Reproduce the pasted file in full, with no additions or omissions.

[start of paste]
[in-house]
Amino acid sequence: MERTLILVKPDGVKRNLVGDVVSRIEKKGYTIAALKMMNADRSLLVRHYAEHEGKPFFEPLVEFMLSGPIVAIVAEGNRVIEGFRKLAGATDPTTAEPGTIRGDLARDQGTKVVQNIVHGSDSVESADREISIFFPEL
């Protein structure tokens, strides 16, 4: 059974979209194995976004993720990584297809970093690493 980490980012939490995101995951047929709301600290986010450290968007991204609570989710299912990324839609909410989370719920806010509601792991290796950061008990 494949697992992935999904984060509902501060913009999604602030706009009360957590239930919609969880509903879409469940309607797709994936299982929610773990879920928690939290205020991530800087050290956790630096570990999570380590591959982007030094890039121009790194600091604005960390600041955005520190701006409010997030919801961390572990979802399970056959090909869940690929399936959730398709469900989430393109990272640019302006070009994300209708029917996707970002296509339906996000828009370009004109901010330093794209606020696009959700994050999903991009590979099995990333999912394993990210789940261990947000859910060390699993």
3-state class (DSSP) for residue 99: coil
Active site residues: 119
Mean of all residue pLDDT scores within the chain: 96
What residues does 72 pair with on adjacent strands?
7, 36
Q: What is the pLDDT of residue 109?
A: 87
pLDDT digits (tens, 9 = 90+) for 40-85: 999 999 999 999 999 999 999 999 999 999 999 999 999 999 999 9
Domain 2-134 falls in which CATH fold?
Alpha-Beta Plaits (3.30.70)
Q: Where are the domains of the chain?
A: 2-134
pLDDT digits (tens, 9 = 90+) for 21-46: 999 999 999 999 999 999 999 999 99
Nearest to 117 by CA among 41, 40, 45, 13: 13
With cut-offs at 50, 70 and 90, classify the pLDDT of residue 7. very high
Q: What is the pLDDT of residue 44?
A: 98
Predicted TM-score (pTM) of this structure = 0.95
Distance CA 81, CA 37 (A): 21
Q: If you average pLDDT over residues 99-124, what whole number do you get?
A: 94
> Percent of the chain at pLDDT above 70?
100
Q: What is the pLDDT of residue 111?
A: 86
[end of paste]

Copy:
[in-house]
Amino acid sequence: MERTLILVKPDGVKRNLVGDVVSRIEKKGYTIAALKMMNADRSLLVRHYAEHEGKPFFEPLVEFMLSGPIVAIVAEGNRVIEGFRKLAGATDPTTAEPGTIRGDLARDQGTKVVQNIVHGSDSVESADREISIFFPEL
């Protein structure tokens, strides 16, 4: 059974979209194995976004993720990584297809970093690493 980490980012939490995101995951047929709301600290986010450290968007991204609570989710299912990324839609909410989370719920806010509601792991290796950061008990 494949697992992935999904984060509902501060913009999604602030706009009360957590239930919609969880509903879409469940309607797709994936299982929610773990879920928690939290205020991530800087050290956790630096570990999570380590591959982007030094890039121009790194600091604005960390600041955005520190701006409010997030919801961390572990979802399970056959090909869940690929399936959730398709469900989430393109990272640019302006070009994300209708029917996707970002296509339906996000828009370009004109901010330093794209606020696009959700994050999903991009590979099995990333999912394993990210789940261990947000859910060390699993």
3-state class (DSSP) for residue 99: coil
Active site residues: 119
Mean of all residue pLDDT scores within the chain: 96
What residues does 72 pair with on adjacent strands?
7, 36
Q: What is the pLDDT of residue 109?
A: 87
pLDDT digits (tens, 9 = 90+) for 40-85: 999 999 999 999 999 999 999 999 999 999 999 999 999 999 999 9
Domain 2-134 falls in which CATH fold?
Alpha-Beta Plaits (3.30.70)
Q: Where are the domains of the chain?
A: 2-134
pLDDT digits (tens, 9 = 90+) for 21-46: 999 999 999 999 999 999 999 999 99
Nearest to 117 by CA among 41, 40, 45, 13: 13
With cut-offs at 50, 70 and 90, classify the pLDDT of residue 7. very high
Q: What is the pLDDT of residue 44?
A: 98
Predicted TM-score (pTM) of this structure = 0.95
Distance CA 81, CA 37 (A): 21
Q: If you average pLDDT over residues 99-124, what whole number do you get?
A: 94
> Percent of the chain at pLDDT above 70?
100
Q: What is the pLDDT of residue 111?
A: 86